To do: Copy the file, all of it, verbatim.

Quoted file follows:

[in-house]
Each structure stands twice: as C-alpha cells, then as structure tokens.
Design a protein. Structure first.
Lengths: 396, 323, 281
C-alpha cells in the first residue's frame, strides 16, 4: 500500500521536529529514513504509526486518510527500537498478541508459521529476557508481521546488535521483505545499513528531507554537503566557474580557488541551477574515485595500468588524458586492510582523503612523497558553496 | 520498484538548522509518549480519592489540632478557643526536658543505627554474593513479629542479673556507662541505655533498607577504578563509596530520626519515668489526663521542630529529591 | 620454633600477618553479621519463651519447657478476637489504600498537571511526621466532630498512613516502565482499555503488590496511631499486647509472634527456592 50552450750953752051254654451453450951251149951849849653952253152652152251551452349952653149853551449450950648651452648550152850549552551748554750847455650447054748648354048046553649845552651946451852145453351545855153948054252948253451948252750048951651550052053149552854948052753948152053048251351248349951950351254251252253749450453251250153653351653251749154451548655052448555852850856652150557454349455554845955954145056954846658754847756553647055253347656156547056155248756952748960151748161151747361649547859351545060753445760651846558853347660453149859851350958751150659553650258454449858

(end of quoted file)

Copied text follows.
[in-house]
Each structure stands twice: as C-alpha cells, then as structure tokens.
Design a protein. Structure first.
Lengths: 396, 323, 281
C-alpha cells in the first residue's frame, strides 16, 4: 500500500521536529529514513504509526486518510527500537498478541508459521529476557508481521546488535521483505545499513528531507554537503566557474580557488541551477574515485595500468588524458586492510582523503612523497558553496 | 520498484538548522509518549480519592489540632478557643526536658543505627554474593513479629542479673556507662541505655533498607577504578563509596530520626519515668489526663521542630529529591 | 620454633600477618553479621519463651519447657478476637489504600498537571511526621466532630498512613516502565482499555503488590496511631499486647509472634527456592 50552450750953752051254654451453450951251149951849849653952253152652152251551452349952653149853551449450950648651452648550152850549552551748554750847455650447054748648354048046553649845552651946451852145453351545855153948054252948253451948252750048951651550052053149552854948052753948152053048251351248349951950351254251252253749450453251250153653351653251749154451548655052448555852850856652150557454349455554845955954145056954846658754847756553647055253347656156547056155248756952748960151748161151747361649547859351545060753445760651846558853347660453149859851350958751150659553650258454449858